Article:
I love that this book is filled with fun projects for fathers and daughters to do together. And I also love that the projects aren't necessarily gender-based. There are lunchbox guitars and video games and hand tools and longboards and antigravity jars. Cool! The projects are explained quite well and I love the variety of projects that are on offer. That being said, my one big complaint is why this book had to be targeted at fathers and daughters. Why not just dads and kids? I am not a fan of gender-based marketing in anything. Especially books like this.
on June 19, 2014
This book has an interesting range of ideas for the fairly advanced "maker"/crafter -- most assume a fair amount of tools already owned and experience already gained. Only one seems a "girl" project -- an ice cream sandwich necklace, and it could easily be made but not onto jewelry. There are a fair number of electronic projects. I suspect most people who know how to make these things, or who could understand the directions, don't really need this book. Lots of good inspiration, but not for the beginner.
I got this because my husband loves making things on his workbench and I thought it would give some ideas of things to make with our children.
Some of the projects on here are really neat and there’s a large variety of them. There’s things to cook, woodworking, paper crafts, electronics (transistors) jewelry and lost more. The lunch box guitar project looks complicated but also pretty awesome, the drawbot is interesting, and of course, you can’t go wrong with giant bubbles. The book I got was in black and white because it is an advanced reader’s copy, however the final one you receive will be in color which makes a huge difference because this book has lots of photos of the entire process and the finished product. It’s great for visually oriented people. Each project has a rating of either E for easy and quick, M for moderately challenging and C for challenging skill builder so you can choose which is best suited to your level of experience.
I also give the author props for including electronic things, like how to make a Retro Arcade Video Game. Yes, it requires a specialized program, Scratch, to make it, but the program is free! What a great way to introduce kids to computer programming!
I know this is a pet peeve of mine, but why are these projects marketed towards just fathers and their daughters? There’s plenty here for boys to enjoy and moms too! Do we have to pigeonhole our children and ourselves? Can’t we just make it “Fun projects to make with kids!” (Okay, I’m off my soapbox now…)
And yes, some of the projects do require a lot of time and some uncommon supplies, but to me, this is not a detractor. You’re spending quality time with your kids making something that he/she will be proud of and like.
Overall, I think this would be a great book for EVERYONE, not just maker dads and their daughters.
on June 23, 2014
Have you got a curious little one eager to do "experiments" and "build stuff"? This may be the perfect book for you. Well designed and described projects will provide hours and hours of meaningful, productive, fun (and sneakily educational!) time together.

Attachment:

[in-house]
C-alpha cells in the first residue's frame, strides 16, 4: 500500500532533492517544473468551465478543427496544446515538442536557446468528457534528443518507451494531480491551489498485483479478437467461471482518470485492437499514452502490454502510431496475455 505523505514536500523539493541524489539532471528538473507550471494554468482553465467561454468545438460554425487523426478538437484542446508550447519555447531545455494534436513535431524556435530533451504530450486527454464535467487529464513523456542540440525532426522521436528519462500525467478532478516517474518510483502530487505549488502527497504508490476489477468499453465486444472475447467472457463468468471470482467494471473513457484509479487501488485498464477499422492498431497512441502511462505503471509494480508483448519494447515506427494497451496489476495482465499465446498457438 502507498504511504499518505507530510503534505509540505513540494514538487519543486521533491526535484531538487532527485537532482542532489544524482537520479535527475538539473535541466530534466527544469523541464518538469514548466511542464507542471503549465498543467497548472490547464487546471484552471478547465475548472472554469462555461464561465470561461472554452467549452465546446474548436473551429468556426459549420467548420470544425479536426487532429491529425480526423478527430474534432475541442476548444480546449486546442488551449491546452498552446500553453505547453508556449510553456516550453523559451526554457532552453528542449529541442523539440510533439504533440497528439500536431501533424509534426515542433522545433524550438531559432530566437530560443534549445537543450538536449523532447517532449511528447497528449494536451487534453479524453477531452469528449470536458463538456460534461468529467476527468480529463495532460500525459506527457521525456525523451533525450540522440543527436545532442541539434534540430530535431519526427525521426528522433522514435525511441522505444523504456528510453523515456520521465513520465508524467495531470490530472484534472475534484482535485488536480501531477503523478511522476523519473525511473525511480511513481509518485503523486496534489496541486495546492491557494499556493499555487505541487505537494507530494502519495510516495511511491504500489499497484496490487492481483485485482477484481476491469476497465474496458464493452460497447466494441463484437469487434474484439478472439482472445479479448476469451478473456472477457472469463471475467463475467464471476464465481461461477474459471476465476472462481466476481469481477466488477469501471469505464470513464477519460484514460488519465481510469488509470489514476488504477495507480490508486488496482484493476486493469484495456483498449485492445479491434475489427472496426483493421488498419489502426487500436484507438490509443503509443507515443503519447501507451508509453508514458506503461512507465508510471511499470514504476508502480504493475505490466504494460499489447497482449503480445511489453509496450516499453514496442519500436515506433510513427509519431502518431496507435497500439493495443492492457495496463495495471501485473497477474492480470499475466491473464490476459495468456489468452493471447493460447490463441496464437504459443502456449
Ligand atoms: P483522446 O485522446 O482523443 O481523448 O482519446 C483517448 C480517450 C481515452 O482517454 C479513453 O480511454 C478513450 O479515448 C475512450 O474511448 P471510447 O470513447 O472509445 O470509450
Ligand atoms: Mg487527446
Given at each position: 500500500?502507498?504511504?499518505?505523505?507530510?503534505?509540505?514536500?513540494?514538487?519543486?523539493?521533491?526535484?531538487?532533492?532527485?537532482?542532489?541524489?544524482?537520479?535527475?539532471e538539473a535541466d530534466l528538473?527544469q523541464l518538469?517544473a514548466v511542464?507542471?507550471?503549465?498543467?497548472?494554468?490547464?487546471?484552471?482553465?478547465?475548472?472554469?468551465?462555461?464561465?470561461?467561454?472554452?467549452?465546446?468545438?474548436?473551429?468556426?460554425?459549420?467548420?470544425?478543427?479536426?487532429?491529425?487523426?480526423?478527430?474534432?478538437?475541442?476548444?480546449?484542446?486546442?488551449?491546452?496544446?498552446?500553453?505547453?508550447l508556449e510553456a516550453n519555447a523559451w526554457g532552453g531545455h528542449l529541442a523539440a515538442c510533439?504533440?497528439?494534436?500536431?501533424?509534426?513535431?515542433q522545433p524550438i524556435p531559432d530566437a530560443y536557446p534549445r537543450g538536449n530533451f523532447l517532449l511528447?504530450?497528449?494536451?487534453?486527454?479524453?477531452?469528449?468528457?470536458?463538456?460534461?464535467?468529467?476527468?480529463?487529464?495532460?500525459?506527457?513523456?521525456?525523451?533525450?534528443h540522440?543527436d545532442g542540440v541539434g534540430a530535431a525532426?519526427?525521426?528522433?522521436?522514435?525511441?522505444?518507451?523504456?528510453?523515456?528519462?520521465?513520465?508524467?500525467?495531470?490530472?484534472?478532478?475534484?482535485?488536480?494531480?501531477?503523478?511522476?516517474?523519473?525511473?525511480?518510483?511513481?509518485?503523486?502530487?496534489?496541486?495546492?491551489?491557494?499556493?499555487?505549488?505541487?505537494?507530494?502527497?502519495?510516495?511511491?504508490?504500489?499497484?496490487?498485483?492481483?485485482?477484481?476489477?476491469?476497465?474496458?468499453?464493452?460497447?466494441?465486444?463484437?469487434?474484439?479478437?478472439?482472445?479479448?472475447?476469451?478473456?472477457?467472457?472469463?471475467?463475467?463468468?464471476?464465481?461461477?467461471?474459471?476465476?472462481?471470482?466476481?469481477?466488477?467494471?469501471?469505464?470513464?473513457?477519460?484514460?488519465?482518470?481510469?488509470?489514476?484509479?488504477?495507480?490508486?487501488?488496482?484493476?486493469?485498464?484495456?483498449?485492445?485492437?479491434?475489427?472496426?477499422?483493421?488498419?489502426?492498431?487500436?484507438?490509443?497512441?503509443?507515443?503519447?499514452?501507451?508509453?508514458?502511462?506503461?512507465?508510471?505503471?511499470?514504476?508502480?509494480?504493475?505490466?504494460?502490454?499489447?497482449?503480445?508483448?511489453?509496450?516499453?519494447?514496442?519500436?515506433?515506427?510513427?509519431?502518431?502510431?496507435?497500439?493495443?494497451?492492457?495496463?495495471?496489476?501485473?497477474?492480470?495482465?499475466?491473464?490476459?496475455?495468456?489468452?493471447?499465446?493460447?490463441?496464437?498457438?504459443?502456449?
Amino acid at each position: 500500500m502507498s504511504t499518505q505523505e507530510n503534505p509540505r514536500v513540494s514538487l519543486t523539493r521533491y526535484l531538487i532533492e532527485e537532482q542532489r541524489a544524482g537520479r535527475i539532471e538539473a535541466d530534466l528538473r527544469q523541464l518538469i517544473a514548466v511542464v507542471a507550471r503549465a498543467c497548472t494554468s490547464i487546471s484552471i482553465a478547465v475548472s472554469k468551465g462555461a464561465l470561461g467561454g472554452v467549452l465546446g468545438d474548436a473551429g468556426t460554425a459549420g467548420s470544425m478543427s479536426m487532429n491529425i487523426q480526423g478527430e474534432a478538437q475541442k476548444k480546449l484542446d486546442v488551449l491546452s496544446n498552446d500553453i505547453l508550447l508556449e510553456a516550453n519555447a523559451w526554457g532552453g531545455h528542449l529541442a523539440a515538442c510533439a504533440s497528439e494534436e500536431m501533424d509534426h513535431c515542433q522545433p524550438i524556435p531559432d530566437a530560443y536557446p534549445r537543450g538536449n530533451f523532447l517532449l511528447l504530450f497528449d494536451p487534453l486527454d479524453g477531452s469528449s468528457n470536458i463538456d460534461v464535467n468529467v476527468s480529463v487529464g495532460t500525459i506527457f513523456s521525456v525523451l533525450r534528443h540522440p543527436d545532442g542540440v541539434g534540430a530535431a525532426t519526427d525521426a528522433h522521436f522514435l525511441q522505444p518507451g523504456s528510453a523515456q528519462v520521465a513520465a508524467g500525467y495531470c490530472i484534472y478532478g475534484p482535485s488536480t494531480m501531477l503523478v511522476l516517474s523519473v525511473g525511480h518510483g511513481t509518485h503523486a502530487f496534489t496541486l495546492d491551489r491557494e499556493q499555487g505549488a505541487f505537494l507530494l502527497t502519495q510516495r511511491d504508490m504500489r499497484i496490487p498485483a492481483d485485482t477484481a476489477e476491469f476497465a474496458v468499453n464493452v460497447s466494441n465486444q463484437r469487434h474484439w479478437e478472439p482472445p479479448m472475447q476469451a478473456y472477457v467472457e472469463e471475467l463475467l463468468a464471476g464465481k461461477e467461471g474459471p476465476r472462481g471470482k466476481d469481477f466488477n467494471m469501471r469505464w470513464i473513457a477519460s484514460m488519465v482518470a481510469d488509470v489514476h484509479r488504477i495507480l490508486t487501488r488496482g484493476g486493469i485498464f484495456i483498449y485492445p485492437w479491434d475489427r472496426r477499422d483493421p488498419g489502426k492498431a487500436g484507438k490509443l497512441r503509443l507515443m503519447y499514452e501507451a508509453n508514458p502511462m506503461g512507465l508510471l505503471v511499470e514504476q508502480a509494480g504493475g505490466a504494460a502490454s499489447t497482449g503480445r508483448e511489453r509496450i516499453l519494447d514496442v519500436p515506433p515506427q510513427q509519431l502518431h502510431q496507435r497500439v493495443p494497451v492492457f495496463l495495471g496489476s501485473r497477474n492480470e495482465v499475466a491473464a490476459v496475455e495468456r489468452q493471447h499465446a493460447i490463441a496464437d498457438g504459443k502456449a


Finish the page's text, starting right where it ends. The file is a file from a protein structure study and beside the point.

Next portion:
Though the cover touts "Father-Daughter DIY Projects", adults and children of either gender will appreciate many of the fun activities included within. Kids age 5 - 12 would seem to be this book's sweet spot, but there's some projects of more advanced difficulty that will appeal to those past the higher edges. The projects are not so basic that you'll be able to complete everything with stuff lying around your home (unless you live in a General Store). With varying difficultly, some tasks require no tools at all and at least one requires soldering. With a little planning and the "ingredients list" included, you'll be primed and ready for some great fun.
As we enter the summer vacation season, Maker Dad could be a great way to help the kids stave off some "I'm bored" days.
As others have pointed out, almost all of the projects here are likely to be enjoyed by both boys and girls, and I had to do some explaining to my young male "reviewers" that they could well enjoy the book even if it says "daughters" on the cover. (Nice to see that, though there is some pink on the cover, it is definitely not a full-out princess pink color scheme. Hope that carries through in the final, full color editions.) Looking at the topics made it clear that this author respects kids of both genders and of many ages and skill levels, and his instructions are pretty clear in general, with careful explanations and equipment lists throughout.
The biggest problem that I found with the book is that it is almost too eclectic. A few of the projects are extremely elementary, but then there are some full-out, Popular Mechanics type stuff that a lot of families I know just won't be able to do. Many of the supplies lists and equipment are just not part of many modern households, either because of budget limitations or lack of skill, and I can envision some kids getting their hopes up that they will be able to do everything in the book, only to be disappointed when the projects just can't be started...or completed.
So, I recommend this book for those parents looking for things they can do together with their kids (and that means letting the kids do as much of the work as they are able to do safely). Just be aware that, unless you are really, really handy and well equipped, you will probably need to tackle only part of the work. Of course, maybe this will so whet your appetite, you'll end up going out and getting more tools so you CAN try out the most complex of these works of fun.
on May 9, 2014
I think Mark F hits just the perfect tone here.
Highly motivated parents who already do lots of DIY projects with or without their kids will find plenty of fun things to do here.
The less motivated parents who might be new to DIY projects will find good instruction and encouragement, and might actually try some of these projects. I like Mark's "you don't have to be an expert" and " embrace mistakes" attitude.
There's a great mix of topics.You and your kids will learn about electronics, wood working, cooking, programming, logic, etc. while you make fun kid-stuff like skateboards, magic trick, snacks, jewelry, and lots more.
Fun for moms and sons, too!
; - )